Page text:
Best, quite possibly. Most timeless? only if you consider leisure suits and quiana® shirts timeless
                            (edit) On further thought, I think maybe timeless fits. It's horrific today as it was in 1977. There's the story of Giorgetto Giugiaro seeing a TR7 at the Geneva motor show, giving it a puzzled look, walking around it and saying: “Oh my God! They've done it to the other side as well.”

                            AS far as a ladder frame being unacceptable in 1960, dansula, I have to call horse hockey on that too. Obsolete, maybe, but as Greenman pointed out Triumph did quite well with them, as did Datsun both winning regionals and nationals in SCCA against 'acceptabe' unit-bodied cars into the 70s.

                            The days of body on ladder frame cars being competitive on the track were drawing to a close, though. seeing a TR7 at the Geneva motor show, giving it a puzzled look, walking around it and saying: “Oh my God! They've done it to the other side as well.”
                            Last edited by Datto; 02-24-2011, 08:37 AM.

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                            • #29
                              Originally posted by Datto View Post
                              (edit) On further thought, I think maybe timeless fits. It's horrific today as it was in 1977. There's the story of Giorgetto Giugiaro seeing a TR7 at the Geneva motor show, giving it a puzzled look, walking around it and saying: “Oh my God! They've done it to the other side as well.”
                              Giugiaro? Now there's a fellow well known for avoiding "weird" (a soupcon of sarcasm) in automotive design...

                              I wasn't referring to the Early TR7 but the later TR7 and TR8 Spyders... These cars don't look too out of place today.... You could even get an after market body for the car from Grinnall. Each conversion was an individual effort to make the car a one-off and very cool.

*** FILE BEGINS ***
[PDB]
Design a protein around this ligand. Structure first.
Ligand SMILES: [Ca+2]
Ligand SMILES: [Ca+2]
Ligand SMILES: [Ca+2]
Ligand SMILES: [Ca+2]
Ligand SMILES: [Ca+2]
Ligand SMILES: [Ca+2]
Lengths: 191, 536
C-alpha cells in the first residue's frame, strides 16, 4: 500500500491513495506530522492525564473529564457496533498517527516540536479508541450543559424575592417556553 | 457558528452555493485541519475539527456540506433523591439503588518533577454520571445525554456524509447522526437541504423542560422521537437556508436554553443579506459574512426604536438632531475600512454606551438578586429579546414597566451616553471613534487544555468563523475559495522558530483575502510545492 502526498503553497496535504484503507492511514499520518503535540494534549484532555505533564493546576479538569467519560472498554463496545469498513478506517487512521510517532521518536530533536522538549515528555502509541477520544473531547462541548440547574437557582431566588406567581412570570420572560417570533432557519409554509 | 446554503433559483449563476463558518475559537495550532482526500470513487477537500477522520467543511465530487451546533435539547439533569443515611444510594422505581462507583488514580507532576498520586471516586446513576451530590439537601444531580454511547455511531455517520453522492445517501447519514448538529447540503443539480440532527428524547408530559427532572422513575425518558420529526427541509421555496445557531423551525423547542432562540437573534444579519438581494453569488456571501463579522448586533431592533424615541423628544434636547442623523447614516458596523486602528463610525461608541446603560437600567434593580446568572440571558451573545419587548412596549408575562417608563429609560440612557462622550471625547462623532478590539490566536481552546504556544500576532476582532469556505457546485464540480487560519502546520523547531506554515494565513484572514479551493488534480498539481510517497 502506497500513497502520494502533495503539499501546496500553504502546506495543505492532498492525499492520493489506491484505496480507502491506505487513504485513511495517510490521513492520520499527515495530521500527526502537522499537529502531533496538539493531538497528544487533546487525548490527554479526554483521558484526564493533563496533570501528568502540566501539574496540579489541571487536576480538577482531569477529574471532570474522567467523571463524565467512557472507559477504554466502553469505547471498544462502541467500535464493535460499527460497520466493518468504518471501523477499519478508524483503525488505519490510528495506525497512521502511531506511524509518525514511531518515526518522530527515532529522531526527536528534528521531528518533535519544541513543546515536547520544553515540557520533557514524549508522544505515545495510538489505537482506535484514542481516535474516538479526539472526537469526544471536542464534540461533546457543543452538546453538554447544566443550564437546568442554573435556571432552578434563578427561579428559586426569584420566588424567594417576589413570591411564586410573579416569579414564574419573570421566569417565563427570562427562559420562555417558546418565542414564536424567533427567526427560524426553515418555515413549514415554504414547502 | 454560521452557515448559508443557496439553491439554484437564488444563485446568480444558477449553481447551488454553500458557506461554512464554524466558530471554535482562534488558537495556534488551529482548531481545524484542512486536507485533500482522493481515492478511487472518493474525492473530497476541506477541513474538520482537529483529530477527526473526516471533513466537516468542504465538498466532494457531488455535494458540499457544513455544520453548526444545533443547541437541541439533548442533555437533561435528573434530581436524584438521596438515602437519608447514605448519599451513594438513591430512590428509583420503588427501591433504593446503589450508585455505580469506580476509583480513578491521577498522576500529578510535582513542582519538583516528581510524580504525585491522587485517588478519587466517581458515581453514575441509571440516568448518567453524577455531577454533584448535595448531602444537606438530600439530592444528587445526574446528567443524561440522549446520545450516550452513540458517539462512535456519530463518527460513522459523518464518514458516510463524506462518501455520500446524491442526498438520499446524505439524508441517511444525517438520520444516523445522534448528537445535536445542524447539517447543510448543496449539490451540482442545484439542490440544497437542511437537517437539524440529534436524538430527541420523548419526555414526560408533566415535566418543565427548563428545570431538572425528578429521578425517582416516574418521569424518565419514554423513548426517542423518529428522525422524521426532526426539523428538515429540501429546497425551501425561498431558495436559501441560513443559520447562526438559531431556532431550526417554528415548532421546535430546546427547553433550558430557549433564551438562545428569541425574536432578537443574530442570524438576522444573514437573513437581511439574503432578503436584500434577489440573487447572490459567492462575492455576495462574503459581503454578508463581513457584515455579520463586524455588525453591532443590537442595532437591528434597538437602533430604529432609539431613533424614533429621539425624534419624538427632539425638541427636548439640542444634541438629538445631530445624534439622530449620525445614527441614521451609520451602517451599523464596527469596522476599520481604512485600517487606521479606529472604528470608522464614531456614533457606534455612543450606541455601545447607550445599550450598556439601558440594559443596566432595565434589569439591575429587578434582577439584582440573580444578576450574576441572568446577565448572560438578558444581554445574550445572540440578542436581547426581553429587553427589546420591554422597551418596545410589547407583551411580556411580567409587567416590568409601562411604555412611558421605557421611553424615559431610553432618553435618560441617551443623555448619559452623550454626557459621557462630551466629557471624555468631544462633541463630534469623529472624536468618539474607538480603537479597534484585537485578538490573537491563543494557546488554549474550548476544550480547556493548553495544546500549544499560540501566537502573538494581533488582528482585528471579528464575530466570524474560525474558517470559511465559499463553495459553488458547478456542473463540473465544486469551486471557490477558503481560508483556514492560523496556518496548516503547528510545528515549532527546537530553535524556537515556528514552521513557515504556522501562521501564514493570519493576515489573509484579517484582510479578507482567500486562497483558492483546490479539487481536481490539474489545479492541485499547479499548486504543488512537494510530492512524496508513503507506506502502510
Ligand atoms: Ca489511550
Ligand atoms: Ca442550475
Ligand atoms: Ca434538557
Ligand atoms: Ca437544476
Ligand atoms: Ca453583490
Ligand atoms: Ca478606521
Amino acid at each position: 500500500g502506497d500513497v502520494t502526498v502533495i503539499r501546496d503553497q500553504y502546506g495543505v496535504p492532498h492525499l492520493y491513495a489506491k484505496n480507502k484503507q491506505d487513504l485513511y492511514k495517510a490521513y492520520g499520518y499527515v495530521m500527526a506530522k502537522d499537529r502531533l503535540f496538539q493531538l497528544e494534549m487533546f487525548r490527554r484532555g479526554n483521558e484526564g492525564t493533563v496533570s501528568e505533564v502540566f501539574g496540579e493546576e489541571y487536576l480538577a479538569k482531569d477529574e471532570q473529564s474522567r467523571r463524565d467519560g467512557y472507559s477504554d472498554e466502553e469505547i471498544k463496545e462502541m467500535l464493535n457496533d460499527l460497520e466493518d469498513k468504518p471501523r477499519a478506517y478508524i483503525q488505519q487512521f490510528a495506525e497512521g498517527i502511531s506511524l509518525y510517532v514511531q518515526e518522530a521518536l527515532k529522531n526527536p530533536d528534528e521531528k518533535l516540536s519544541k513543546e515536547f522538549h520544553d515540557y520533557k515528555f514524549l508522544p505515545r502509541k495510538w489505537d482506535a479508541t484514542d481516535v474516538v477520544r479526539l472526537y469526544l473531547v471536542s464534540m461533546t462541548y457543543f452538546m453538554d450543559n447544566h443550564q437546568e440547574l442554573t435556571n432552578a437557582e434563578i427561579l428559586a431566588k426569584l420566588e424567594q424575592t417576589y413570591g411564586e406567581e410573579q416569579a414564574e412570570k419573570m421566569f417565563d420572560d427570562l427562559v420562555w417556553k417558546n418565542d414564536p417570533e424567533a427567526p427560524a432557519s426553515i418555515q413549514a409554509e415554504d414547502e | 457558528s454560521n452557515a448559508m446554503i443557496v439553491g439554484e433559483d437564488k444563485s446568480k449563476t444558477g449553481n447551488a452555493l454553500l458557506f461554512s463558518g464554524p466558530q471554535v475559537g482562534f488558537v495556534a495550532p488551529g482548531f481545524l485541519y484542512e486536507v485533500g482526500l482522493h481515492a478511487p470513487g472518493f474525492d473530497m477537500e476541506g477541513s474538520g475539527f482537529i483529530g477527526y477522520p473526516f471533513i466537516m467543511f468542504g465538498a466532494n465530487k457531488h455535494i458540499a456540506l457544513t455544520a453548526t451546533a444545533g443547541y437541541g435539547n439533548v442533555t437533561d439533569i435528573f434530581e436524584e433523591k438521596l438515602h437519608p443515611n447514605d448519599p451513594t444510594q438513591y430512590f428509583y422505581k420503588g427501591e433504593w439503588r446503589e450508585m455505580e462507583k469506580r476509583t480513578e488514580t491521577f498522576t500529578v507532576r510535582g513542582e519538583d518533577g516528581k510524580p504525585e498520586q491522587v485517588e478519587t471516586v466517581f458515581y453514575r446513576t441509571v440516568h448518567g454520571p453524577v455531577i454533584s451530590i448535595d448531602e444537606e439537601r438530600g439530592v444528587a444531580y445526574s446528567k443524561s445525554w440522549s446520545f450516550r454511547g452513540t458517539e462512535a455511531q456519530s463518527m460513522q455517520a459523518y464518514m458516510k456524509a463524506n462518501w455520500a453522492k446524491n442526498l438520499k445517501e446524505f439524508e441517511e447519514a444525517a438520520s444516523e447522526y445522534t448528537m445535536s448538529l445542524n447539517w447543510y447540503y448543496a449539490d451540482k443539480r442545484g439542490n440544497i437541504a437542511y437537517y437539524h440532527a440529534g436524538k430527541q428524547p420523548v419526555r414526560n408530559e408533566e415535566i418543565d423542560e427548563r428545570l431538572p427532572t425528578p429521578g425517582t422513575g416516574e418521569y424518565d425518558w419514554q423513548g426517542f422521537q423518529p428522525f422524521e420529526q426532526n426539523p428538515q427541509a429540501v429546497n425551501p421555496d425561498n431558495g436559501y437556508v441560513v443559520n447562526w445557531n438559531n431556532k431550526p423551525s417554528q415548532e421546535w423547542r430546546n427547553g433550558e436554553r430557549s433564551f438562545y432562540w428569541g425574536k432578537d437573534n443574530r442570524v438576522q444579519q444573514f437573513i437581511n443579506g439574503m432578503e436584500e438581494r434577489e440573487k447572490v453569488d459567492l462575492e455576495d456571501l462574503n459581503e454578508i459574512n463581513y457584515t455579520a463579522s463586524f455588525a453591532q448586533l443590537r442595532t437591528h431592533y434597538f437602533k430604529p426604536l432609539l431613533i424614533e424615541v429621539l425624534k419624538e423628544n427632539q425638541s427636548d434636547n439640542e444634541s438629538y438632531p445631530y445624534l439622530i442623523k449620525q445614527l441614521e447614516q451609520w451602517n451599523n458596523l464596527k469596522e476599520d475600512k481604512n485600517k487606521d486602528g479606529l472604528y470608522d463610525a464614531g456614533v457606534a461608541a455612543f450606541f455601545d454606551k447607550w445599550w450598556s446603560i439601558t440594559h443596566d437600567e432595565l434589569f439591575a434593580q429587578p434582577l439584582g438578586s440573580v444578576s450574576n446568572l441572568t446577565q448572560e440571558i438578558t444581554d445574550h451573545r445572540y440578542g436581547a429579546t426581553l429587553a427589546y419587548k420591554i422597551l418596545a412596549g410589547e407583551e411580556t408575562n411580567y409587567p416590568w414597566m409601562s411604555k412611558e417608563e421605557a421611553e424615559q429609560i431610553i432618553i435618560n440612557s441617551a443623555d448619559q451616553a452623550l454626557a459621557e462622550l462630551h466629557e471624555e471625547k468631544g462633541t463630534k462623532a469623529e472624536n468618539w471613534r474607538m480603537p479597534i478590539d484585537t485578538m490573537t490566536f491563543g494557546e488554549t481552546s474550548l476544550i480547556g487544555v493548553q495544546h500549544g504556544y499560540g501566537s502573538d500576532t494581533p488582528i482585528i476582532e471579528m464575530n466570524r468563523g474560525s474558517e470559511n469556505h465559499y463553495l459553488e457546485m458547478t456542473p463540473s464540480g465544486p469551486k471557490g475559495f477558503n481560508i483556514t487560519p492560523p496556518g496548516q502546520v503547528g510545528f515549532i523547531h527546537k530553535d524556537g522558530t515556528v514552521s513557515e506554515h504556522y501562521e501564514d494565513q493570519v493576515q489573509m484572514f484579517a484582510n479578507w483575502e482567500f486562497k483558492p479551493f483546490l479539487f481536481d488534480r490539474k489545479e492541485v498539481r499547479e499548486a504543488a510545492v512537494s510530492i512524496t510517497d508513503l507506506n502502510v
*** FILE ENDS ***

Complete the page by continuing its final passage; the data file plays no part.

Greenman62

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                              • #30
                                Hi

                                I raced TR3s and 4s in SCCA and might have a different view than some of the dismissive stuff above. My personal TR4a was one of the first few hundred As that still had the live rear axle.

                                I sort of see this as being different issues. Professional sponsored teams like Group 44 are not really reflective of the equipment. The issue is more what the average guy gets. In SCCA, in local events the dominance of the TRs was even more dramatic. Essentially, they were trucks, most folk could really just drive the car all week, bolt in the roll bar put on a couple shoe polish numbers and have a good D production race car. There were racing cam options that boosted the power significantly, though not on paper, but left the car streetable, same with the changing of the street stromberg 150 carbs for the 175 SUs, and on and on. Pretty much from the actual amateur stand point, anything you did to the car made it faster, but didn't keep it from being dual purpose. This might be important if you were a poor college student doing some racing on the side!

                                It was a "plus/minus" issue with the old fashioned tech. The rear axle was controlled by pre-war designed lever shocks with very limited movement. That was the bad news. The good news is that the guys with proper shocks or tower struts had to do very expensive bits that had a high failure rate. If you bent these, it left you on the road, where the leverl shocks were "trucks" and easy to adjust and easy to rebuild. I could go on and on.

                                Fate